Posted on 12 May 2016.
Cedar Springs announced last week that they had earned their North Central Accreditation through AdvanceEd, a global leader in providing continuous improvement and accreditation to over 32,000 institutions worldwide.
The district went through a rigorous and detailed review this school year that culminated with an external review team conducting a 3-day on site visit last week, after which they awarded the district the distinction of this national accreditation.
“We are thrilled, of course,” said Cedar Springs Superintendent Dr. Laura VanDuyn. “We have such a great district. The process really goes on all year. But this visit is where the rubber meets the road. It’s when they see the things that they’ve heard about all year long.”
On Wednesday, May 4, Cedar Springs Public Schools held a special meeting, where AdvanceEd presented results of their accreditation review to staff and the community.
“It is so evident that you really care about your students and should be proud of your district, from the top all the way down,” said presenter Vicki DeMao.
The five-person team from AdvanceEd interviewed 120 stakeholders in the district, consisting of the superintendent, board members, administrators, teachers, support staff, parents/community members, and students. They also visited 32 classrooms in all seven buildings and observed students.
The report showed what powerful practices (or strengths) that the district had in various areas, and what ways they could improve.
Under “leadership,” there were two powerful practices and one improvement priority.
Powerful practice #1 was that “Cedar Springs Schools has created multiple partnerships in collaboration with community organizations, area educational institutions, agencies, and local businesses resulting in expanded learning opportunities for all students.” They mentioned the Cherry Street Health Center, DHS, KSSN, Rotary, Parks and Rec, En Gedi, PTO, and more.
Powerful practice #2 was that “the school board has developed new NEOLA policy documents and its members are committed to implementing the policies with an understanding of their roles and responsibilities as school board members.”
Improvement priority #1 was that they need to “create a conduit for two-way communication between Central Office staff and building level personnel that is collaborative, transparent, and open which leads to a culture of trust that is system-wide.”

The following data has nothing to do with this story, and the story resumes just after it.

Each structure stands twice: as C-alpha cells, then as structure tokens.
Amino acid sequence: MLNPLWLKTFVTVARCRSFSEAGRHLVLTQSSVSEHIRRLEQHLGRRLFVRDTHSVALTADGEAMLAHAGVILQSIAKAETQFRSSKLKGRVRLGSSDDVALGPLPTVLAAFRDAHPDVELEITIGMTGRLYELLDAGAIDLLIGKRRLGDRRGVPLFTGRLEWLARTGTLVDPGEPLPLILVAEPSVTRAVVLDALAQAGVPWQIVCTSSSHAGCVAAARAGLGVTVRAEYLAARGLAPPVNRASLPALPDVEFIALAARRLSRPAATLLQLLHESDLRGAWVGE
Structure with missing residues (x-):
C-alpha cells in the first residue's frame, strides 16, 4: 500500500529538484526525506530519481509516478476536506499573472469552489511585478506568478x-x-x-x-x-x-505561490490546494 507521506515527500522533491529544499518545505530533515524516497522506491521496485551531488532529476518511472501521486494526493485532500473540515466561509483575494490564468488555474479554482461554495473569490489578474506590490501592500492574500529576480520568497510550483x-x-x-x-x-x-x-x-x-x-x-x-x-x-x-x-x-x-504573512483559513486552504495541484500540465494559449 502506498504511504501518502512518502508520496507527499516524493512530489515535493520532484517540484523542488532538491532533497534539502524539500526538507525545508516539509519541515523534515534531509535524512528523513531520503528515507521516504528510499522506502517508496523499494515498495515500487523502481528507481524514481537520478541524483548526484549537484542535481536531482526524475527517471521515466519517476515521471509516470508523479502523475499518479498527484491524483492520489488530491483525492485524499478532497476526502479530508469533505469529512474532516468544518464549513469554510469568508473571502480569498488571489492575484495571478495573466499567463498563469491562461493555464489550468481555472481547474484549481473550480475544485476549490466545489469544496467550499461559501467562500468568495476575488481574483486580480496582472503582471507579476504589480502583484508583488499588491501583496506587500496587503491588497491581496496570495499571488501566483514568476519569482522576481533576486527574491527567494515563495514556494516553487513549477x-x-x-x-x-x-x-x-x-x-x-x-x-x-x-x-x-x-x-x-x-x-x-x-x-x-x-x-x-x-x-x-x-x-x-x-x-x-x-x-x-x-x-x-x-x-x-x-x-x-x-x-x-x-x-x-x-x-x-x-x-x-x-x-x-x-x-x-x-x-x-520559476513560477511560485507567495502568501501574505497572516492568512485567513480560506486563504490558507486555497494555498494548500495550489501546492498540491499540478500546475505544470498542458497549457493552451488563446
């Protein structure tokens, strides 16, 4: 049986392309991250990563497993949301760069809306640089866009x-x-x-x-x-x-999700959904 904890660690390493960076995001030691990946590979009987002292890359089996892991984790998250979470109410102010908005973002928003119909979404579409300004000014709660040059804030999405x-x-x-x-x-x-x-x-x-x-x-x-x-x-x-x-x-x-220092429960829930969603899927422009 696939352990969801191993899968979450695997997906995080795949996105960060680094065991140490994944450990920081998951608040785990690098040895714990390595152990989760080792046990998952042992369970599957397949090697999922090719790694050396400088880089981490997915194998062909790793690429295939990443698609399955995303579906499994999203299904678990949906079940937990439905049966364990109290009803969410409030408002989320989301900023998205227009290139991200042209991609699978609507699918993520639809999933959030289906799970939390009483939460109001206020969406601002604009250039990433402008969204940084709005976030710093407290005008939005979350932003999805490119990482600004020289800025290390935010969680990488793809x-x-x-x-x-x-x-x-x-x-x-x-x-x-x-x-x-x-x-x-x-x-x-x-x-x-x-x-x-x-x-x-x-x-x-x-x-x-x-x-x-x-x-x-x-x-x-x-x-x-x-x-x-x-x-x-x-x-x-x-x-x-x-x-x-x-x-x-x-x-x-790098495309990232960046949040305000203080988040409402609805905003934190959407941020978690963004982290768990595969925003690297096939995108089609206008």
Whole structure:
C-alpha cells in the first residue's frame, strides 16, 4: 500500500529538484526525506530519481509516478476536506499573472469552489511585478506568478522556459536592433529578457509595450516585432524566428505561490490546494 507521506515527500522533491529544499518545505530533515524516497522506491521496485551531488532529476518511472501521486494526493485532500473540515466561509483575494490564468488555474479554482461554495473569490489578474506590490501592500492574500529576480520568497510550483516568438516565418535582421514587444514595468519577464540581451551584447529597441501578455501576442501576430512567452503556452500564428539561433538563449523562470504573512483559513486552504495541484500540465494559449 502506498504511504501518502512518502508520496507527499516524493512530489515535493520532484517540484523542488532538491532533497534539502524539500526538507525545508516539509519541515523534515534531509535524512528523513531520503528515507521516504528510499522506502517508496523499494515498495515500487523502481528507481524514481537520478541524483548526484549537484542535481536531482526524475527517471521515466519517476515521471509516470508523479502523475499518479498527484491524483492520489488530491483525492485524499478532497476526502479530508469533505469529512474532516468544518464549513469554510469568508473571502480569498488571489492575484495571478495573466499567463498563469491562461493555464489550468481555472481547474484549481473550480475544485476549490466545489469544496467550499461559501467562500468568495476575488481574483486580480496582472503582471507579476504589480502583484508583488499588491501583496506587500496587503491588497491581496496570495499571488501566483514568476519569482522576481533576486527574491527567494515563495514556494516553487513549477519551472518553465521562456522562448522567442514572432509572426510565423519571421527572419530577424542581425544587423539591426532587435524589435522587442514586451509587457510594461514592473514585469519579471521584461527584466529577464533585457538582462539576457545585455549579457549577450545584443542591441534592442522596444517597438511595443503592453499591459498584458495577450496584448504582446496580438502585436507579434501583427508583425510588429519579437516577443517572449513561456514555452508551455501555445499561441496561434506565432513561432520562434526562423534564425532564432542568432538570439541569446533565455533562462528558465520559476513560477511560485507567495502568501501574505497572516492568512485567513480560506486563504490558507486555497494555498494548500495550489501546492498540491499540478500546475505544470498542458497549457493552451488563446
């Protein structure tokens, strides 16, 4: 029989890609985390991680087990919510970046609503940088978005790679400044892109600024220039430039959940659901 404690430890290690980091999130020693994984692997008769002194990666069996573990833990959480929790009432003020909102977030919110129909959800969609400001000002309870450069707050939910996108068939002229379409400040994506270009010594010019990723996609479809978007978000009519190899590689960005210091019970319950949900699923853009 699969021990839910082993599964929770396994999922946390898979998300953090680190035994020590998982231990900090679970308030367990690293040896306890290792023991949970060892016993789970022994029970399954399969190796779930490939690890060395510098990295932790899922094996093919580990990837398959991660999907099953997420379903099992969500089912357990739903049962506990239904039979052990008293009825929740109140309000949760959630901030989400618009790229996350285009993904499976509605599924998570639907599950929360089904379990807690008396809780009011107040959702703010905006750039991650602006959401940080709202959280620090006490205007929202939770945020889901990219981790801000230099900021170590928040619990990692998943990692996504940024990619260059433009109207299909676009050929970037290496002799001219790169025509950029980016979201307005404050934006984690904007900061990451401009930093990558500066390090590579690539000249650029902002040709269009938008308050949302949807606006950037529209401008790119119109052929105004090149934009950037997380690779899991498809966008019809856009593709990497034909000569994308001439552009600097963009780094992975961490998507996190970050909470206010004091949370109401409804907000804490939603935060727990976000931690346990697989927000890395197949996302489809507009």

When rating the seven classroom environments on a scale from 1 to 4, Cedar Springs consistently scored above the average—earning a 3+ in 5 areas, and a 2.74 in another. There was only one area where they fell beneath the average, and that was in digital learning.
Powerful practices under teaching and learning included teachers using instructional strategies that improve students’ critical thinking skills, collaboration and self reflection, and the practice of using professional learning communities (PLCs). “I think you are well on your way to improving test scores,” remarked the presenter.
Under Resource utilization, there were two improvement priorities.
Improvement priority #2 was that they “deploy a broad based planning committee to research and make recommendations to the superintendent concerning the safety and security of the school buildings to ensure that students and parents are free from fear or harm.” She noted the need for more secure entryways and playground areas.
Improvement priority #3 was that they “include wide representation on a system technology planning committee leading to recommendations which ensure that all students have equitable access to an effective technology infrastructure with modern digital tools that support student research, problem solving, and the creation of original works to prepare them for college and careers.”
She said that many of the computers are outdated, or only available for the teachers.
“If you don’t do this, students will be left behind,” noted the presenter. “It is a big ticket item. But those using them will be better qualified for a 21st century career.”
When points were tallied, Cedar Springs’ score in teaching and learning impact was well above average—284.76 to AdvanceEd’s average district at 268.94; Leadership at 293.33 to the average of 292.64; and resource utilization was lower at 250.00 to 283.86. That left them with an overall score of 280.49, which is above the average AdvanceEd district’s score of 278.34.
AdvanceEd recommended that the improvement priorities be addressed within the next two years.
VanDuyn was pleased with the results. “There were no surprises,” she noted. “The things they mentioned (for improvement) are what we’ve been working on—things like security, technology, and having more time to dedicate to spending in various buildings.”
The school district must go through this process every five years. They were last accredited in 2011, and it was good through June 2016.